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Archive | May, 2019

Old Glory and the Avenue of Flags

Avenue of Flags
Glen Hill Post members, Dale Hogue and Steven Schmitz begin the process of capturing the waves of glory to be carefully removed, respectfully refolded and then returned to the Legion post until next year. Thanks guys, for all you do!

by Lois Allen

In the early morning hours of Memorial Day 2019, the men of Glen Hill Post 287 were up at the crack of dawn to respectfully place the flags of nearly 200 honored veterans resting at Elmwood Cemetery. 

“Each post does something,”  according to Paul Shrier, veteran, former Sgt. of Arms, and now treasurer at the Glen Hill Post here in Cedar Springs. “This is our project,” said Shrier.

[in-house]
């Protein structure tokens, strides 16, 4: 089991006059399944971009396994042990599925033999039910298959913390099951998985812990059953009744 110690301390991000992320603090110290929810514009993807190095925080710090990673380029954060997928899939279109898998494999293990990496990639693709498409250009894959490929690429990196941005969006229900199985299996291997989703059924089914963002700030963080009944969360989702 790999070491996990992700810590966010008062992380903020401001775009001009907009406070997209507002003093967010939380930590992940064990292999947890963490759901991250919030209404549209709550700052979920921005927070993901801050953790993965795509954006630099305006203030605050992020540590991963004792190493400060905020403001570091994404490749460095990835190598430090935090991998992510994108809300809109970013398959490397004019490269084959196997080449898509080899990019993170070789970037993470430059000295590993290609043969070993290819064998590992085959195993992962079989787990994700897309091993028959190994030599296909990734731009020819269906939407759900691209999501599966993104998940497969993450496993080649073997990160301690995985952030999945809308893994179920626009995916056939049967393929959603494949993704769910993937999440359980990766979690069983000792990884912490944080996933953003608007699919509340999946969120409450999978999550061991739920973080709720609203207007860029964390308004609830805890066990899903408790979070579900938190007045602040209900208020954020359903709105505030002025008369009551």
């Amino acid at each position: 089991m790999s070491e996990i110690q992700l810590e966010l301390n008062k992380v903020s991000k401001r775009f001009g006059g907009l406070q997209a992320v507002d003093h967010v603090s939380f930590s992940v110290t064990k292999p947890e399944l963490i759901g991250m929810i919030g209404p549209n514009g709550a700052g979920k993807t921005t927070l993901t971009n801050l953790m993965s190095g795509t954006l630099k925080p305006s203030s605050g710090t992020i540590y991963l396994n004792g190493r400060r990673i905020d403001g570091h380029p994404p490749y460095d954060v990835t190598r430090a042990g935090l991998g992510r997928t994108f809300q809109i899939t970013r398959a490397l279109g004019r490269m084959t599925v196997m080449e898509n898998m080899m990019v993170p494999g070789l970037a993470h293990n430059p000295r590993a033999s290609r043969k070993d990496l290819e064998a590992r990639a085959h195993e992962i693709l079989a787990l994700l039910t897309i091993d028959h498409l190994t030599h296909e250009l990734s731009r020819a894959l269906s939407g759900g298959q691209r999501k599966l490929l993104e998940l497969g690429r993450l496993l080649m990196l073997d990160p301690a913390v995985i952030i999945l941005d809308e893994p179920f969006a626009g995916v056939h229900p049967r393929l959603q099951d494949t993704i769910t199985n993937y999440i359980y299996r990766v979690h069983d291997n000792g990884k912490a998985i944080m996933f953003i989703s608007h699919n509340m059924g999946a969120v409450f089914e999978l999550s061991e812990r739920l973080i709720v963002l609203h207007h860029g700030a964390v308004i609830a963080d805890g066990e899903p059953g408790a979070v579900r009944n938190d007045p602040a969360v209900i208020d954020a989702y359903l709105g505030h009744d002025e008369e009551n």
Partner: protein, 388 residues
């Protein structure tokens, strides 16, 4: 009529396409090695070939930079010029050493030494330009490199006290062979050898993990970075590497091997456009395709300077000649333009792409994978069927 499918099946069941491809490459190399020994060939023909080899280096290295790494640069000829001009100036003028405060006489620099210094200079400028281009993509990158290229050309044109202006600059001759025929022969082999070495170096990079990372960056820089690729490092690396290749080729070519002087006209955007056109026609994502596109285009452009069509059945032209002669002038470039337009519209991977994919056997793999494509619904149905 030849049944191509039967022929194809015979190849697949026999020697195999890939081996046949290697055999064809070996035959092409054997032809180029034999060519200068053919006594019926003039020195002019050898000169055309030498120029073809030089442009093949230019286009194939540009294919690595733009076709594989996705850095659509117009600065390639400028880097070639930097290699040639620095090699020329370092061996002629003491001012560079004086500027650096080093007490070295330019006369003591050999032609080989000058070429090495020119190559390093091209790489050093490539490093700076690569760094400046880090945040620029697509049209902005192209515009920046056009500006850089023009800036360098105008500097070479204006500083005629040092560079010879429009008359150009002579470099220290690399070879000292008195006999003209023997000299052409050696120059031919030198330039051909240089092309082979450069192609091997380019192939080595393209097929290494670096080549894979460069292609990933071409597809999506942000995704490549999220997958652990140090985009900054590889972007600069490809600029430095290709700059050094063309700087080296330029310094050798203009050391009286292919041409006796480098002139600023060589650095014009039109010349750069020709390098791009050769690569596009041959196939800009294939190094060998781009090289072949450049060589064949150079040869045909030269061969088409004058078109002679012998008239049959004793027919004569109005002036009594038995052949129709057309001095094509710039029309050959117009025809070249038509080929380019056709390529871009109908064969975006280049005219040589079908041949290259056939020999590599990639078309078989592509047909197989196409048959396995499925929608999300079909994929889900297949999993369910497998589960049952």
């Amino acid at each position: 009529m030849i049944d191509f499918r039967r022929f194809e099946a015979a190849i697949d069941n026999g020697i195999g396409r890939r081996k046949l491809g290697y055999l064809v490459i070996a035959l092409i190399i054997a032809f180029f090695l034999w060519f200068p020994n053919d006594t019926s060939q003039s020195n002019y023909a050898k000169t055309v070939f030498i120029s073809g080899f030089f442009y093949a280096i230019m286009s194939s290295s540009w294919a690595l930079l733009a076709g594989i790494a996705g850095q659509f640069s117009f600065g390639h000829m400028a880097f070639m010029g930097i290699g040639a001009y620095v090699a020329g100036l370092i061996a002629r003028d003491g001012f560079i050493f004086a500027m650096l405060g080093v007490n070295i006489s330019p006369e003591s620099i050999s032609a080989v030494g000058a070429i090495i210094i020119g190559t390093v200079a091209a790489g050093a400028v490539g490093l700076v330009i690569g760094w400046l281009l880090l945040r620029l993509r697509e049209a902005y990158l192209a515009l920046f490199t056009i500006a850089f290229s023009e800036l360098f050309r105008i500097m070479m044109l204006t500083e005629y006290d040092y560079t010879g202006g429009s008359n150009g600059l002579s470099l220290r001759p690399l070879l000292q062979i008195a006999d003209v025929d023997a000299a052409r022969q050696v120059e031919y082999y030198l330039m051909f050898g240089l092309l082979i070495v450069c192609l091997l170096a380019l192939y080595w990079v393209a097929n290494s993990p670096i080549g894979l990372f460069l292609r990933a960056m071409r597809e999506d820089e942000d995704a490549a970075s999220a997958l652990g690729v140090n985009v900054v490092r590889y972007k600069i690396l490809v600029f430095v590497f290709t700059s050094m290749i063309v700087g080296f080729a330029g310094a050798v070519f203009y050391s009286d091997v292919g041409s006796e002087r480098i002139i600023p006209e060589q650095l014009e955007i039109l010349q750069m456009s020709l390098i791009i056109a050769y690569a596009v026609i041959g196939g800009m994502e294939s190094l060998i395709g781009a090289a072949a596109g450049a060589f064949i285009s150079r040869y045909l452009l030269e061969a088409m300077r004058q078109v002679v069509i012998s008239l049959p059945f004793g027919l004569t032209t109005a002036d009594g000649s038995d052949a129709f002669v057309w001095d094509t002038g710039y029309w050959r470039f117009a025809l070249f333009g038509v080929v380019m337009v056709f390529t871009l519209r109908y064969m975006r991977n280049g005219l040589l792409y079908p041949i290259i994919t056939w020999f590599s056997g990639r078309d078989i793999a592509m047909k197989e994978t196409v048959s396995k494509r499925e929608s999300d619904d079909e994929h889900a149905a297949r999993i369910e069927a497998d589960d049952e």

The project was started years ago, originally honoring Ray Peavy, a Cedar Springs veteran and has morphed into the impressive display of patriotisim it is today.

This year the normally peaceful cemetery was unusually active as many pulled in with their vehicles to drive through the impressive display unique to Cedar Springs. Some flags also honored those vets that are no longer with us even though they rest elsewhere. If they have ties to Cedar Springs and fought for our country, their family members are not denied the opportunity to fly the flag of their loved one here, on Memorial Day.

Families continue to give the Legion the flag they receive at their loved ones burial. They were the flags that covered the caskets at burial. However, some families wanted to keep the original flag, so the Legion allows them to buy a dulicate to display once a year. The Legion also provides a pole and plate to be placed beneath the flag with the name of the veteran.

A duplicate flag, with pole and plaque can be purchased for $75.

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Royal Tea Party